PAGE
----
After competing at the 1998 World Championships, Petrov re-joined the Canadiens in what would be his second chance at proving himself as an NHL regular. An up-and-down 1999-2000 season saw him once again move between Montreal and the farm team, which had become the Quebec Citadelles. During his first full year with the Habs in 2000-2001, Petrov posted a career high 30 assists and 47 points while getting some time on the second line, tying Saku Koivu as the team’s leading scorer. Known for his superb agility and quickness, Petrov quickly became a fan favorite in Montreal, but unfortunately, only for a short time. The following season, he scored a career-high 24 goals and recorded 41 points, but after a tough start to the 02-03 campaign, Petrov was traded to the Nashville Predators for the final 17 games of his NHL career in return for only a fourth round draft pick that was later traded to the Capitals for their 2003 fourth round pick (123rd overall, Dany Stewart) and 2003 seventh round pick (217th overall, Oskari Korpikari). Neither player would actually play for the Canadiens, as Stewart retired to become a fisherman, while Korpikari has spent his entire professional career in the SM-liiga over in Finland.

Genadi Boguslavski/sovsport.ru

Petrov left the NHL to continue his career in Switzerland and signed with Genève-Servette in the NLA in 2003-2004. The following year, he inked a deal with EV Zug, where he was the team’s leading scorer in 2004–05 with 30 goals and 23 assists. After three more seasons with the club, Petrov returned to Russia, signing with Ak Bars Kazan in 2007-2008. Over two years with the team, Petrov had 44 points (22 points per), a much lower total than in previous years over in Switzerland. He signed a two year deal in what he said would be his final professional hockey contract with Atlant Moscow Oblast in the KHL, and thanks to improved numbers (including 29 points in 2010-2011), decided to give it another go in 2011-2012 with Kazan.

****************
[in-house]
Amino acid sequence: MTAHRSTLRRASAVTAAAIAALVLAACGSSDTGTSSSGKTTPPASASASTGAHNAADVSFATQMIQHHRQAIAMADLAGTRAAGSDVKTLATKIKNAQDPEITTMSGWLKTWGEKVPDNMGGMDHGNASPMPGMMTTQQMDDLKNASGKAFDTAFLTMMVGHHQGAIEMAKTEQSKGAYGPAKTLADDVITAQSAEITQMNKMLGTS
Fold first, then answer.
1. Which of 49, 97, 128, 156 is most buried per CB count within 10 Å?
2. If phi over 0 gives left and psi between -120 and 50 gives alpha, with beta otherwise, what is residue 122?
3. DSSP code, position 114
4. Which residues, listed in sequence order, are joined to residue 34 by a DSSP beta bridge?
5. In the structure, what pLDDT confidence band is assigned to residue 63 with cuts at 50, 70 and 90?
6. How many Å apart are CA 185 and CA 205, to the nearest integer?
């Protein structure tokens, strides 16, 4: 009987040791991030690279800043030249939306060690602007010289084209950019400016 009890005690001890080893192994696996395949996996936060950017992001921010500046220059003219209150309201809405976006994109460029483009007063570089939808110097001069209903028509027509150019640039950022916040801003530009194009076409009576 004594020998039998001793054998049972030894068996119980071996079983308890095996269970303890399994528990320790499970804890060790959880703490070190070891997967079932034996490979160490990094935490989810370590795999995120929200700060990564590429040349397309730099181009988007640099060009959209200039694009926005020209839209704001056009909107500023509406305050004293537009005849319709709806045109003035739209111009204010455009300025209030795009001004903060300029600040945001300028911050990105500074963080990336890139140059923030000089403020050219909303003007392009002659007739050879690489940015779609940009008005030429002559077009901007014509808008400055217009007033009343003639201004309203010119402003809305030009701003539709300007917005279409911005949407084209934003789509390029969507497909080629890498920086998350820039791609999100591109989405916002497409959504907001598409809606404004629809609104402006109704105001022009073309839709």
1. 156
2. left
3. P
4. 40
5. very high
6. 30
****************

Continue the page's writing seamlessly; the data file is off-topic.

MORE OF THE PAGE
Petrov only managed to pot four goals and five assists in 31 games with the Russian squad, which didn’t result in a contract renewal for the 2012-2013 season. In August 2012 Petrov signed a one-year contract with Spartak Moscow, also announcing, at the grand age of 41, that 2012-2013 would be the last season in his career…for real. After 40 games and 15 points, Spartak traded the Russian forward to Lokomotiv Yaroslavl, however has yet to actually play a game for the rebuilt club as of mid February.  Petrov totalled 72 goals and 115 assists for 187 points in 382 career NHL games, but just like former teammate Dipietro (as well as Glen Metropolit), his real success came in Switzerland, where he had 171 goals and 438 points in 314 career games.

In an interview with the Montreal Canadiens official website, Petrov stated that “The whole experience in playing in Montreal, the most exciting hockey town in the world, was really special. There’s not just one game in particular that stands out, but I’m proud that I’ve played the majority of my NHL career in Montreal.”

It may have only been for a short time, but we are glad too, Oleg.

Follow me on twitter, @StevenEllisNHL.


  1. Loved Petrov. Him and Koivu were the team when I started getting right into hockey and I was actually sad to see Oleg dealt. I’ve followed his career through Europe and held out a slim hope he’d maybe one day come back to Montreal. Hopefully he’ll get into some games with Lokomotiv and can get one last hurrah before he hangs them up.

  2. Proud to say I am currently wearing my Oleg Petrov jersey, its been my lucky game-day jersey this year, and its been working!